Wednesday, August 17, 2016

Solving the Starbucks Mystery

My Grande cup from Starbucks in the process of doing my
scientific study of what I am actually getting when I order it.
I am quite sure I am not alone in wondering what a cup of Grande-anything at Starbucks means.

Awhile ago I purchased a Starbucks 'mug' with label on the bottom that specifies it as a "14" ounce container.

It actually holds 16 ounces when filled to just below the lid line.

But when I have ordered a 16-ounce beverage at Starbucks, it never gets filled up. I was becoming frustrated with what I felt was a 'rip-off.'

So I decided to buy a Grande Latte and take the cup home. This is what I found out.

Aside from the fact that Starbucks says they are offering their patrons a 16-ounce drink for about $3.75, what the guest asks for determines the final price, but they will NEVER get a full 16 ounces.

Here is why.
This has blue water in it so you can easily
see what is considered the 'fill line' for a cup
of Grande anything.
The 16-ounce cup means 16 ounces can be held in the cup, but they cannot fill it to the full mark, because of the risk of spillage, for one thing.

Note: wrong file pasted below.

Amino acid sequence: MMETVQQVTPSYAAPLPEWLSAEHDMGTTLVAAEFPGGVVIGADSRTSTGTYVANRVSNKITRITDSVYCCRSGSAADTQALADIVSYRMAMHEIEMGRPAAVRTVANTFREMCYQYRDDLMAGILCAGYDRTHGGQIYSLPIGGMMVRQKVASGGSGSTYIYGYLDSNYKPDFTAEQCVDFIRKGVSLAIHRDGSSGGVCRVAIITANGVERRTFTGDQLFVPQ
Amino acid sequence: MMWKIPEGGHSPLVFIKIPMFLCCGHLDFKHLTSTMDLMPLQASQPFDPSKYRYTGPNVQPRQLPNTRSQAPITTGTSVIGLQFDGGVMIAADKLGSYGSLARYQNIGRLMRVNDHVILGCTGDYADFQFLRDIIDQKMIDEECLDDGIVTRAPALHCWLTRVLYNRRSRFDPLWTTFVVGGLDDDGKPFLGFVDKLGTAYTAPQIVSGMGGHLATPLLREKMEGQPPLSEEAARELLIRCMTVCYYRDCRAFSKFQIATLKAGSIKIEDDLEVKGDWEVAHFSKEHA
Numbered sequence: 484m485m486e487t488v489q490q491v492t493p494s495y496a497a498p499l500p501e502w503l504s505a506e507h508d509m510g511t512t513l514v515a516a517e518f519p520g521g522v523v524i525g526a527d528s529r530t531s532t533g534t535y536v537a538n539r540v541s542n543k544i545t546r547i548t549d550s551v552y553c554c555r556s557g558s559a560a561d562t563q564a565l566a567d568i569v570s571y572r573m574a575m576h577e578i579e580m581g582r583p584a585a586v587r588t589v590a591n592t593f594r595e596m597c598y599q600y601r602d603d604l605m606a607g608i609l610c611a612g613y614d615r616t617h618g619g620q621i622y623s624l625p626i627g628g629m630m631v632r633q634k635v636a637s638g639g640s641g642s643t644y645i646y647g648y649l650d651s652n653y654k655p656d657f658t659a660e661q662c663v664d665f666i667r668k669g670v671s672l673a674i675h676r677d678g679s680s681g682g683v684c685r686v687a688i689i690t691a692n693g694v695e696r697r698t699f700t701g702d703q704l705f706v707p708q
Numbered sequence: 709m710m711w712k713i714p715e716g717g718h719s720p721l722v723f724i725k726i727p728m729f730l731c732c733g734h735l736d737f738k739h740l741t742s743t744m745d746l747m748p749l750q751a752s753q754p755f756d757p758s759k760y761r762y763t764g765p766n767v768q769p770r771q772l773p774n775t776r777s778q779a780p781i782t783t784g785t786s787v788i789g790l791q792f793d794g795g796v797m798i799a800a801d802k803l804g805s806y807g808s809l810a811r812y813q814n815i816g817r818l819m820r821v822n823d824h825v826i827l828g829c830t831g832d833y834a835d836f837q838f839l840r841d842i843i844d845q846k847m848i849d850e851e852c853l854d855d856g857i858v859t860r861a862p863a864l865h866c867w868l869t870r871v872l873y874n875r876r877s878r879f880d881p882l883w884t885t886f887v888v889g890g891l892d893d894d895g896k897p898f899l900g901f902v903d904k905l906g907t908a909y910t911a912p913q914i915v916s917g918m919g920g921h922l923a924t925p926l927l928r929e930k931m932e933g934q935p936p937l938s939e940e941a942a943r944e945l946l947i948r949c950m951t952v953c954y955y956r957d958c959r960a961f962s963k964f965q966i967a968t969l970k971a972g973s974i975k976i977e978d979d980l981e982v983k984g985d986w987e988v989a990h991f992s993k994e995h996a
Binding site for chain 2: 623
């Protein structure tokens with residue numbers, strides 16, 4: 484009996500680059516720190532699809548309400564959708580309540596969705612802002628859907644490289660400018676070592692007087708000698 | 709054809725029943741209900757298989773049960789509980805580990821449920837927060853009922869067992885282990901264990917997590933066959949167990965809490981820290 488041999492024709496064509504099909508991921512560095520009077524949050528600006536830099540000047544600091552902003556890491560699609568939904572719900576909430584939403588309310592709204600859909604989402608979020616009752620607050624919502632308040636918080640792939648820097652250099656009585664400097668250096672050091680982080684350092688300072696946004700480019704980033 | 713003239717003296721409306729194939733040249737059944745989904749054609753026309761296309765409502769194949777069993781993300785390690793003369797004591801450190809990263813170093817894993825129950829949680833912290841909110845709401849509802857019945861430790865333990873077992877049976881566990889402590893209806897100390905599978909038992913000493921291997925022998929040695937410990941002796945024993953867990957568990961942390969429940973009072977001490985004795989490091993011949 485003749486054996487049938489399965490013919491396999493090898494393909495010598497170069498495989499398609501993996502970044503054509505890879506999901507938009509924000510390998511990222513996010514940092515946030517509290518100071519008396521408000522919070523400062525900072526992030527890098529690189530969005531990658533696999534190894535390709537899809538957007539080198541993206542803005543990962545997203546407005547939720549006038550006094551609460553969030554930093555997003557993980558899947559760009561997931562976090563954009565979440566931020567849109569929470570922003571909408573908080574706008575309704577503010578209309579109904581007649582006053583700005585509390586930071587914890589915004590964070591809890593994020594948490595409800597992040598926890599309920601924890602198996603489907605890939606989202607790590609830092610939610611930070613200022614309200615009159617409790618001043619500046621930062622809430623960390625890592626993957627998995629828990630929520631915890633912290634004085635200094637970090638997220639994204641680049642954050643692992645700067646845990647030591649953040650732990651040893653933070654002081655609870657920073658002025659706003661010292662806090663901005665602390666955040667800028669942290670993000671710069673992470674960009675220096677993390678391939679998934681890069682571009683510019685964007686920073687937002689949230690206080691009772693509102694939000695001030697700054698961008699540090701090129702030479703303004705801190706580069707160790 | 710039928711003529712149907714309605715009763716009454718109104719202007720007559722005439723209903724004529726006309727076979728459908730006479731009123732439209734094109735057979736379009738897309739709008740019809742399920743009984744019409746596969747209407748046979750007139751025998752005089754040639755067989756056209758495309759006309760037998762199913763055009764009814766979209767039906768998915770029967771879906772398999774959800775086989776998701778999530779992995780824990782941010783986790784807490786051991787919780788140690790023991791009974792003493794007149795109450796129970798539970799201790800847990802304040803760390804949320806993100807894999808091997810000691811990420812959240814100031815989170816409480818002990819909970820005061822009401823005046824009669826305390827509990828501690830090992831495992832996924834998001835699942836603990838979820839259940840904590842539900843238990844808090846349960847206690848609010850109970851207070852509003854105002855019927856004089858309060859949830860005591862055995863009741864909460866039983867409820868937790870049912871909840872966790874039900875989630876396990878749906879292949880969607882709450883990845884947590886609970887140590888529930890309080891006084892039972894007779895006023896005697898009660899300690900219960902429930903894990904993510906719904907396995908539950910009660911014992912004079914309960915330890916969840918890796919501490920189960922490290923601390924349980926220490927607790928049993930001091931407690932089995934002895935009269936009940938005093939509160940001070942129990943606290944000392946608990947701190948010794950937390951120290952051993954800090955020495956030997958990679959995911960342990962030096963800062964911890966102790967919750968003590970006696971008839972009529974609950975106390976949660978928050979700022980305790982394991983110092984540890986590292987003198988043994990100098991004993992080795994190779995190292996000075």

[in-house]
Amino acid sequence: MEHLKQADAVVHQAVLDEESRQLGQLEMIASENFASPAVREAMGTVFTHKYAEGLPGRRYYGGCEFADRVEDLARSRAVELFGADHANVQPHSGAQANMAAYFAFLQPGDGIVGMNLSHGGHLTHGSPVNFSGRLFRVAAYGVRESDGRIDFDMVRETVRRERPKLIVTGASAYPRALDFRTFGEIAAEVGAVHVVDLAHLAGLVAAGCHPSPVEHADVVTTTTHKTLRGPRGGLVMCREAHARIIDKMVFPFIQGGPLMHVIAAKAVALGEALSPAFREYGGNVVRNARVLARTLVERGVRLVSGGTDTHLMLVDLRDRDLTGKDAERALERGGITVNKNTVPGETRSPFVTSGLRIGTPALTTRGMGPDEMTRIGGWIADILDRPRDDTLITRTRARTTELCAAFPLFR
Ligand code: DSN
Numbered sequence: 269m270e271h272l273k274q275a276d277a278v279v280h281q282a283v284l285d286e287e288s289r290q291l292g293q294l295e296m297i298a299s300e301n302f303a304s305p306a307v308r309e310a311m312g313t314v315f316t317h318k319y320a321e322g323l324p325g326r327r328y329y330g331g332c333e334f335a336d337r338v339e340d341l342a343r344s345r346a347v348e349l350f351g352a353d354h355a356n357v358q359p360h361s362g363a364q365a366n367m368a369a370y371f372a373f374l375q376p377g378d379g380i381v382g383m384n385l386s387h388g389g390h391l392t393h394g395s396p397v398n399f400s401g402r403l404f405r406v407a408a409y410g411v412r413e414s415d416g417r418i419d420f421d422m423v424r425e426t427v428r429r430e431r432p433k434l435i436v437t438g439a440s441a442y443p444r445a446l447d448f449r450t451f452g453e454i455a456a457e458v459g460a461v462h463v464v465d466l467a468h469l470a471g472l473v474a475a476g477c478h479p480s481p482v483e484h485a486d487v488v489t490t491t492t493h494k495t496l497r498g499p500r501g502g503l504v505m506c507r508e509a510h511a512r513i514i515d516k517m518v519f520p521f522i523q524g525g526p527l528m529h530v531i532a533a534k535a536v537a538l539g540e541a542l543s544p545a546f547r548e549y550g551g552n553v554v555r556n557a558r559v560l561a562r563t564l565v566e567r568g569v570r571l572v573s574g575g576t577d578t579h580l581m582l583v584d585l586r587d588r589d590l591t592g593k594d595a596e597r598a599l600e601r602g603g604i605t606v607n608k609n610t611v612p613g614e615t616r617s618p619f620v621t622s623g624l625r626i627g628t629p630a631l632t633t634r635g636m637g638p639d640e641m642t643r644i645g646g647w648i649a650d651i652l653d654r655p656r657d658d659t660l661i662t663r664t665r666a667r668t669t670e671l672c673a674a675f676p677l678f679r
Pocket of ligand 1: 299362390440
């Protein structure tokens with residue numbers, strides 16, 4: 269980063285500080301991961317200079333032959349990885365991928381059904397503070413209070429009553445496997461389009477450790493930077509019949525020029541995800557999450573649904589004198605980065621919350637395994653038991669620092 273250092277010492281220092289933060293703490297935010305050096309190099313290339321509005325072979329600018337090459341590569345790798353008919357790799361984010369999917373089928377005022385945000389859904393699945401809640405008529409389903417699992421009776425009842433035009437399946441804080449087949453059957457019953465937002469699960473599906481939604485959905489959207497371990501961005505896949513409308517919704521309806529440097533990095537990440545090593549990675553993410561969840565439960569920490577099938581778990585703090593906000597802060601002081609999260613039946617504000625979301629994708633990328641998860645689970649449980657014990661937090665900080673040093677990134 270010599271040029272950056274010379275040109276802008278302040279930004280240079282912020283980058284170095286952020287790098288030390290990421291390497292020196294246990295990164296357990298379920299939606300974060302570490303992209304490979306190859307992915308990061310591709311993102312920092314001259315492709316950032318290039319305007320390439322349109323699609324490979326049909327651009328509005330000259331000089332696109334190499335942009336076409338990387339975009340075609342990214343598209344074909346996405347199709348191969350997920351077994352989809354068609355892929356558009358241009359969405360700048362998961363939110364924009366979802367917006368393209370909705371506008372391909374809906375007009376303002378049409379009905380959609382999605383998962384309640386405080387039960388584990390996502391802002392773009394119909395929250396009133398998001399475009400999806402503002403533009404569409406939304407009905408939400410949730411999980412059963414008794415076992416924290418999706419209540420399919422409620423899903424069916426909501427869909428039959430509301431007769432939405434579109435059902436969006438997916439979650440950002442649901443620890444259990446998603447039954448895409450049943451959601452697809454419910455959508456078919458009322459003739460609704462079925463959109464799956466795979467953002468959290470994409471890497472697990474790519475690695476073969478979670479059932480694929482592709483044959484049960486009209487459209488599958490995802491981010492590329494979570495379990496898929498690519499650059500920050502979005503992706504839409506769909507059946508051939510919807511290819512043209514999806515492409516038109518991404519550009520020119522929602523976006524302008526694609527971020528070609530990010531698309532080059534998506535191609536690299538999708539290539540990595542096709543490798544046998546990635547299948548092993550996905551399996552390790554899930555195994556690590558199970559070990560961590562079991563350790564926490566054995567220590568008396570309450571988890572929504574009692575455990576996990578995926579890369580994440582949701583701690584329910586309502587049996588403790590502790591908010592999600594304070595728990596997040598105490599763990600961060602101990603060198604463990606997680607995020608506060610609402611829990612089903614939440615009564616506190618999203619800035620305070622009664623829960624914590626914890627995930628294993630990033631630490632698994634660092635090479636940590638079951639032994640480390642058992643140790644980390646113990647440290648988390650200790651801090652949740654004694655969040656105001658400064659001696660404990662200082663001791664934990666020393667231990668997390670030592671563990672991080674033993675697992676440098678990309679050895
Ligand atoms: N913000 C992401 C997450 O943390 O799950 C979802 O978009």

But it also means that no one is ever going to get a full 16 ounces of product. At best, it will be about 14 ounces.

Note where the blue water line is... 14 ounces.
And depending on the baristas, it could be slightly more or significantly less.

If you want a beverage containing 16 ounces of whatever you like, you will have to order the larger cup (or bring one of your own that holds more than 16 ounces).

And... if Starbucks was being honest, they would offer their patrons a Grande, designated as a 14-ounce beverage, NOT a 16-ounce beverage. That's why everyone is complaining.

And if I was doing public relations for Starbucks, I would launch a campaign of honesty with a cut in costs showing the cut in sizes and the calories involved and how it all would be better for everyone knowing just what they are getting.

But I'm retired for good...

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